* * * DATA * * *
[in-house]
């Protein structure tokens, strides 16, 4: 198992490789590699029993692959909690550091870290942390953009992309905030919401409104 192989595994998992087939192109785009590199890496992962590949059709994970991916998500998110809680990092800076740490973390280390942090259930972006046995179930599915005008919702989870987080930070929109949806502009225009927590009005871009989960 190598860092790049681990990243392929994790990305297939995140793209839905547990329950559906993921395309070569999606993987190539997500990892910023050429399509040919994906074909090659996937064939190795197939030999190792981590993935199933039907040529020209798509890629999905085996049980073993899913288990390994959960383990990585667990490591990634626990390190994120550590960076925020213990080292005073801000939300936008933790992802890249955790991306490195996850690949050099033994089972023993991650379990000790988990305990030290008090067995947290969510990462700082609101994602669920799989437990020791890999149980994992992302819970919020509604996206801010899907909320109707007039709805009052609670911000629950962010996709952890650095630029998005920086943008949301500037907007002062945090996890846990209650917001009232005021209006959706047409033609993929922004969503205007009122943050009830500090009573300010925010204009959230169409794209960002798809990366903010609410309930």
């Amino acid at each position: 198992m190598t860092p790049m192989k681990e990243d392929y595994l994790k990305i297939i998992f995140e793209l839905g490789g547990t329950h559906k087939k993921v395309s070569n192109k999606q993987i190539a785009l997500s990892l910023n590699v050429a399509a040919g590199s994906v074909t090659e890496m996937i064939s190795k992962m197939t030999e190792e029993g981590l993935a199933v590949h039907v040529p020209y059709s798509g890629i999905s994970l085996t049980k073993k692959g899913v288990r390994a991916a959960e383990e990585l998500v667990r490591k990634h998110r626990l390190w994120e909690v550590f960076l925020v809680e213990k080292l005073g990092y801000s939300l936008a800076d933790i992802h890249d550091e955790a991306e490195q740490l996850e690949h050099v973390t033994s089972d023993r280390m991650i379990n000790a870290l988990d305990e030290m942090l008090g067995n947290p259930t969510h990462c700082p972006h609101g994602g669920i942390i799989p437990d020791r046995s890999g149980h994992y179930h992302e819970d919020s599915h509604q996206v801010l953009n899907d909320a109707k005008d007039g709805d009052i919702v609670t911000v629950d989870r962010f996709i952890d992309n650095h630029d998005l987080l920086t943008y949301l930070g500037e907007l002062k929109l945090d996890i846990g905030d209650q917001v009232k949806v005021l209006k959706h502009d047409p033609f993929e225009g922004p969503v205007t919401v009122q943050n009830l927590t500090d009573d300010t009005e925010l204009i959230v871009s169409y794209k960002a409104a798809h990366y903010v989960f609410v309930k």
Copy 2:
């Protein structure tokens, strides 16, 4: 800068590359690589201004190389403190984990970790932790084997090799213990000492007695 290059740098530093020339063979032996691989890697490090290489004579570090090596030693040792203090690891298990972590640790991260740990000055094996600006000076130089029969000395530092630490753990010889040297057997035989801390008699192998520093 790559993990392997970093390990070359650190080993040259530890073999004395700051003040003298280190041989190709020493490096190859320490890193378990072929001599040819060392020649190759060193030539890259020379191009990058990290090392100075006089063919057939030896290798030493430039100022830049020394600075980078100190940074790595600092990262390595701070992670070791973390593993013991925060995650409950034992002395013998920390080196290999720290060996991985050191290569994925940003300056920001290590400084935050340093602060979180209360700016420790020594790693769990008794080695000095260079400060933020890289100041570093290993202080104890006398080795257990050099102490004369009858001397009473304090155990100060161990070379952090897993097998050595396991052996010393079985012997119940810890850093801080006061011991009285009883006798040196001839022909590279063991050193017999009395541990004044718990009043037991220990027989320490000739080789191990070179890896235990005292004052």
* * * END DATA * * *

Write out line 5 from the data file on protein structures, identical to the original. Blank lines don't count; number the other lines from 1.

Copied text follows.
């Protein structure tokens, strides 16, 4: 800068590359690589201004190389403190984990970790932790084997090799213990000492007695 290059740098530093020339063979032996691989890697490090290489004579570090090596030693040792203090690891298990972590640790991260740990000055094996600006000076130089029969000395530092630490753990010889040297057997035989801390008699192998520093 790559993990392997970093390990070359650190080993040259530890073999004395700051003040003298280190041989190709020493490096190859320490890193378990072929001599040819060392020649190759060193030539890259020379191009990058990290090392100075006089063919057939030896290798030493430039100022830049020394600075980078100190940074790595600092990262390595701070992670070791973390593993013991925060995650409950034992002395013998920390080196290999720290060996991985050191290569994925940003300056920001290590400084935050340093602060979180209360700016420790020594790693769990008794080695000095260079400060933020890289100041570093290993202080104890006398080795257990050099102490004369009858001397009473304090155990100060161990070379952090897993097998050595396991052996010393079985012997119940810890850093801080006061011991009285009883006798040196001839022909590279063991050193017999009395541990004044718990009043037991220990027989320490000739080789191990070179890896235990005292004052």